When we send our troops into battle, we need to make sure that we’re sending them in with the right equipment for the mission. That means equipment that is well-designed, well-made and which has been thoroughly tested in real-world conditions for the mission at hand. This need grows out of the solemn contract we have with our service members — the understanding that when we send them into harm’s way, we’re doing it for the right reasons and with the tools they need to succeed.

It’s this desire that has me concerned with a move the U.S. Army recently made. For several years now, the Army has been overseeing a competition between General Electric and the Advanced Turbine Engine Company — a joint venture between Honeywell and Pratt & Whitney — for a new engine to power its fleet of Apache and Black Hawk helicopters.

These helicopters regularly fly in high-heat, high-altitude environments, and the current engine isn’t meeting future Army performance requirements. The new engine is likely to become the standard for the next generation of Army helicopters — meaning this is a decision that the Army will need to live with for the next half century or more.

In February, the Army announced that it had chosen GE’s proposed engine to take it into a phase of the process called engineering and manufacturing development. This selection was based on written proposals. There’s one big problem: No actual prototypes of either the GE or ATEC engines were ever built, switched on and observed in operation.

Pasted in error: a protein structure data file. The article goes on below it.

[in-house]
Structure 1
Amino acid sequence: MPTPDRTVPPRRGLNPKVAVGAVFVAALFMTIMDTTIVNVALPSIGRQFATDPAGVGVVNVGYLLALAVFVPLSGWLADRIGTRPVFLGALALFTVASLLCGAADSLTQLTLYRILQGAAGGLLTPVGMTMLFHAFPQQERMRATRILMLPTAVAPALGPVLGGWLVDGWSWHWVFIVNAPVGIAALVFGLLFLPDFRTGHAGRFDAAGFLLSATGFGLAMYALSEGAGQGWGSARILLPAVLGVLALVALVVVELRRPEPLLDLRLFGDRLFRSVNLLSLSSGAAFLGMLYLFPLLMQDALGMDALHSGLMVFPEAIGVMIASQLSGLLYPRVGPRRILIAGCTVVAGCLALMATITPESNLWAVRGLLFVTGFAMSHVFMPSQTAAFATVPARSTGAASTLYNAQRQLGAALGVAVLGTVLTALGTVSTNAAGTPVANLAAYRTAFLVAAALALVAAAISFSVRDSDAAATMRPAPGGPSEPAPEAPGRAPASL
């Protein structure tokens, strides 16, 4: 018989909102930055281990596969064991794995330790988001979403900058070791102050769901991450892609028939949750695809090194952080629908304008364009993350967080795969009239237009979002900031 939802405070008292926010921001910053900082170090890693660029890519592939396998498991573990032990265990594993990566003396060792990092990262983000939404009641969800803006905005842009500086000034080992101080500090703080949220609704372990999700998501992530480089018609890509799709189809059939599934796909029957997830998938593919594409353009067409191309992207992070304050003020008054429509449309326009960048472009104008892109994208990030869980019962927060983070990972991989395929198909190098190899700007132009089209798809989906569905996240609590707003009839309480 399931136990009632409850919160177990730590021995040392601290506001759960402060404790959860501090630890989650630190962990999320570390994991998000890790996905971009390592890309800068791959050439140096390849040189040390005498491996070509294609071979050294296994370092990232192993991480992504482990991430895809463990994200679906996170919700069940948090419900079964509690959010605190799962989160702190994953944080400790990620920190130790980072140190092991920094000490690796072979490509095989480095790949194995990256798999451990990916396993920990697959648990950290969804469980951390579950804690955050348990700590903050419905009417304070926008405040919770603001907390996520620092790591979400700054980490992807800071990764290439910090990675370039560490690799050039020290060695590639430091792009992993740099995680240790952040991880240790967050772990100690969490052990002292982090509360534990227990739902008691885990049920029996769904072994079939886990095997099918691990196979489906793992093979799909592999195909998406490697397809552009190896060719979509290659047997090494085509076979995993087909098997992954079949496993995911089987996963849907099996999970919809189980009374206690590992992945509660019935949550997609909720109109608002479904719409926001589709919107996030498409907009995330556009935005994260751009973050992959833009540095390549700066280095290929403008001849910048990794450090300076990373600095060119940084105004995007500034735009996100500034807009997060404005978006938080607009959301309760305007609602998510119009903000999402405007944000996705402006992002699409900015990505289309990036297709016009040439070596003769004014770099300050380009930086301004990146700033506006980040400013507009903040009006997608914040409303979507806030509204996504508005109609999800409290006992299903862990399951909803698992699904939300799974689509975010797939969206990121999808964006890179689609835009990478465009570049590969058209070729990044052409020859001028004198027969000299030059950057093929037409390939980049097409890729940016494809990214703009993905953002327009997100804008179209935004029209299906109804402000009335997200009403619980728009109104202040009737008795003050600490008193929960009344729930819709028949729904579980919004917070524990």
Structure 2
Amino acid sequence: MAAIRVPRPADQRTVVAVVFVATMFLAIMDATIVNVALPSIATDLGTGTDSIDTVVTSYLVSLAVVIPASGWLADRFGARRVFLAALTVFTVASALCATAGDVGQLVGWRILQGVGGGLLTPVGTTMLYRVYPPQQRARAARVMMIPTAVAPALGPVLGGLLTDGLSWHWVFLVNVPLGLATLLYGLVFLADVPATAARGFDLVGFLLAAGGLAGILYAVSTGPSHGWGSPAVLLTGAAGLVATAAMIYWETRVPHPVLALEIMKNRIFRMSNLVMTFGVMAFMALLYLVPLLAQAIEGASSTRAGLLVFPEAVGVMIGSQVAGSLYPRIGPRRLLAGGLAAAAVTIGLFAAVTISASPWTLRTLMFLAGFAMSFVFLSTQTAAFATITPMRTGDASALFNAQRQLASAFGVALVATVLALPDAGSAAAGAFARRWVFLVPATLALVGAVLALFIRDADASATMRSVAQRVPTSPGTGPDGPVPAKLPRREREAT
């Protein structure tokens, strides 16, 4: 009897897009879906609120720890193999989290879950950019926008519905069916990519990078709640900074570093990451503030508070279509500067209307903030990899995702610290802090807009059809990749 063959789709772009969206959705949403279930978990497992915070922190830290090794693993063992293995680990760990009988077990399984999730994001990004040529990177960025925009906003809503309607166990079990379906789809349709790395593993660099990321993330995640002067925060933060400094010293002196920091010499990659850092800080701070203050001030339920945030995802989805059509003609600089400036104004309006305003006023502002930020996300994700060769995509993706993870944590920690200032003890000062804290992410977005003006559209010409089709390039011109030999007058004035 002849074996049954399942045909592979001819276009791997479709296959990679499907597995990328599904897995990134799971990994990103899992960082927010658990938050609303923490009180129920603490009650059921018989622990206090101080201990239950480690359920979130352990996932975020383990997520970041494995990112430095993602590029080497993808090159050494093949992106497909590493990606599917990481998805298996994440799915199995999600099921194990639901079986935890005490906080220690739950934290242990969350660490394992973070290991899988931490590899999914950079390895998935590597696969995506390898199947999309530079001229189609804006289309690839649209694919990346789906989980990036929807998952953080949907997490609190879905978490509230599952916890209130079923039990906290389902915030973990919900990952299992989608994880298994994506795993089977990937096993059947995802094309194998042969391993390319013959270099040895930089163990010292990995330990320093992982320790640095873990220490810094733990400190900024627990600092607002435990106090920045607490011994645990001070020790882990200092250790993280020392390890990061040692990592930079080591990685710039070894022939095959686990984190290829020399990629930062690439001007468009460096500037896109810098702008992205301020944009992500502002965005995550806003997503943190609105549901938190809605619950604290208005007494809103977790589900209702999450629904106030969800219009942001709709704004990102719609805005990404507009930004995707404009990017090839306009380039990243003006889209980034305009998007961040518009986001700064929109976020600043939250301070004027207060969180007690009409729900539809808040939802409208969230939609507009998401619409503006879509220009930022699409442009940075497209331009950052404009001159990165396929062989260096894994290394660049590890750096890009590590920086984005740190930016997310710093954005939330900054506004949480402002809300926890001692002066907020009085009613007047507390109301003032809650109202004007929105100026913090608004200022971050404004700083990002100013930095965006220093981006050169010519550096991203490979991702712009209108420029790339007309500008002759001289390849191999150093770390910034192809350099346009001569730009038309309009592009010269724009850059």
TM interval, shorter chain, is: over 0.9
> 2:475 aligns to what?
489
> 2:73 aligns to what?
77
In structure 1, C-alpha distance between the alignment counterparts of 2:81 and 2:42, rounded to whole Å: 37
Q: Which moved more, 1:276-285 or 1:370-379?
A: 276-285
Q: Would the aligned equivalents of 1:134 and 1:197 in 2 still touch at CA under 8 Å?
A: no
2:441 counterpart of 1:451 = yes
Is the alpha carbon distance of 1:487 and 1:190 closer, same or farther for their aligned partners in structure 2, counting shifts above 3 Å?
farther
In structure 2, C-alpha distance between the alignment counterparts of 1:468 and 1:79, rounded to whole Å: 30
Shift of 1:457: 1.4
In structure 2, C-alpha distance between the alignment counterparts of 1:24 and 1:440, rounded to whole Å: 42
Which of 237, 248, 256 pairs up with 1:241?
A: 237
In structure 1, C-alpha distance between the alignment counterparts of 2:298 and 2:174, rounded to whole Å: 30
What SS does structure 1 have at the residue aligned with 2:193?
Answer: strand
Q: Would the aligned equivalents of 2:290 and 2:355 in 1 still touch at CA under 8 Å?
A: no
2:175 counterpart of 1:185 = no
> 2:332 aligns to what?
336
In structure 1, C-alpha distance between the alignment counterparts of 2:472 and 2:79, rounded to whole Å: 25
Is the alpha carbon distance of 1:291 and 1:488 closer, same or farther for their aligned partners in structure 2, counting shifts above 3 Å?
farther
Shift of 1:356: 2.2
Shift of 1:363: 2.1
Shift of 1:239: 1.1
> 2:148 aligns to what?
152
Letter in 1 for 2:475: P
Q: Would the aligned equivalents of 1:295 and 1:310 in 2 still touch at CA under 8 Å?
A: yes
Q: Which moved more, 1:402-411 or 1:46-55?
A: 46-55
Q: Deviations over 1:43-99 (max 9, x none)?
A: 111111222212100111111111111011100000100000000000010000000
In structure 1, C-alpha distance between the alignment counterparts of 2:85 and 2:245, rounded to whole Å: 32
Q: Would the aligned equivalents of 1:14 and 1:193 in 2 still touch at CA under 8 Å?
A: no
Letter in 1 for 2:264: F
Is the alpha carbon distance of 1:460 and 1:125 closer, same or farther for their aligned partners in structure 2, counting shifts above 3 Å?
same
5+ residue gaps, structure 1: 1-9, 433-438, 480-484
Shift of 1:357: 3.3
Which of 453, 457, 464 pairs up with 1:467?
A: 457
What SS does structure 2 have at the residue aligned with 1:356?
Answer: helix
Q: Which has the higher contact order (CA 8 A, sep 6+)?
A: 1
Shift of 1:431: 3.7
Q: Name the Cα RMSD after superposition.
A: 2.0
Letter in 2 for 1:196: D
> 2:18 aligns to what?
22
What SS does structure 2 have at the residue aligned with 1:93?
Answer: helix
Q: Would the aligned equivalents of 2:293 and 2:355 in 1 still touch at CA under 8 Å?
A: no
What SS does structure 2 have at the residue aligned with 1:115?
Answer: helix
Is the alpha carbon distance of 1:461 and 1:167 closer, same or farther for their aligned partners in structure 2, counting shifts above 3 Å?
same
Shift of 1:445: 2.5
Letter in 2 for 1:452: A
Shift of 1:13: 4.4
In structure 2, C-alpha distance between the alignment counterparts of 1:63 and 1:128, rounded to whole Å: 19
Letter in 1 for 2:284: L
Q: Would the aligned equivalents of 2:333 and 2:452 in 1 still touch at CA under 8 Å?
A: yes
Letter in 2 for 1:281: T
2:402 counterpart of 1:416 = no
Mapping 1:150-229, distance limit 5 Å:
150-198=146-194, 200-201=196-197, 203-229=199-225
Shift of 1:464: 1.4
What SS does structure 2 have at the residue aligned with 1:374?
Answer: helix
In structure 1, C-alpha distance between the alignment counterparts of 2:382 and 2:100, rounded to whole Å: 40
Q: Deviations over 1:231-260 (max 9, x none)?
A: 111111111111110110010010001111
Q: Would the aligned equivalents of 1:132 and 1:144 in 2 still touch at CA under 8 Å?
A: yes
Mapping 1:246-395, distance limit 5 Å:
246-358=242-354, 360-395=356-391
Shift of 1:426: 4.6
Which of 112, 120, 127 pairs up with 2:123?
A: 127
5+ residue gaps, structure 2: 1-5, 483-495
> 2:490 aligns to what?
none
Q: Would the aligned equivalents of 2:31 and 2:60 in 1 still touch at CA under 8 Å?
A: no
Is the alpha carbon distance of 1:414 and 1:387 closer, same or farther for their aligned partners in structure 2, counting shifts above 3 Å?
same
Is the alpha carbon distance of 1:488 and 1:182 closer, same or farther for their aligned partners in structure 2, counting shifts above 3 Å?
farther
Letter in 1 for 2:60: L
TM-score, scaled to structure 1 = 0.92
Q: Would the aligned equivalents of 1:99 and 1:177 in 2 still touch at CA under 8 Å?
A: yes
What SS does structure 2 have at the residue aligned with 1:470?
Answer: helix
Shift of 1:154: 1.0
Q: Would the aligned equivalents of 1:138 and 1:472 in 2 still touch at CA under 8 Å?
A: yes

As a Marine Corps combat veteran who served in Iraq, I know firsthand what faulty equipment can mean to a mission. I watched my friends and fellow Marines die in what I believe to have been fully preventable situations because we were given insufficient or outdated equipment.

When we send our troops into battle, we have a responsibility to make sure that they’re given the best equipment. How can we be sure that the Army’s helicopter for the next 50 years or more is powered by the best, most cost-effective and safest engine option, if neither option has even been built, let alone thoroughly tested?

I don’t think the Army should be making a commitment like this based on a paper proposal.

Congress needs to provide the funding to have both engine prototypes developed and tested. Then, and only then, can the Army move ahead with confidence that it has chosen the engine that will be the safest for our troops, the best for our military and the most cost-effective for taxpayers.

Rep. Ruben Gallego, D-Ariz., serves on the House Armed Service Committee. He previously served in the Marine Corps in Iraq with the combat unit Lima 3/25.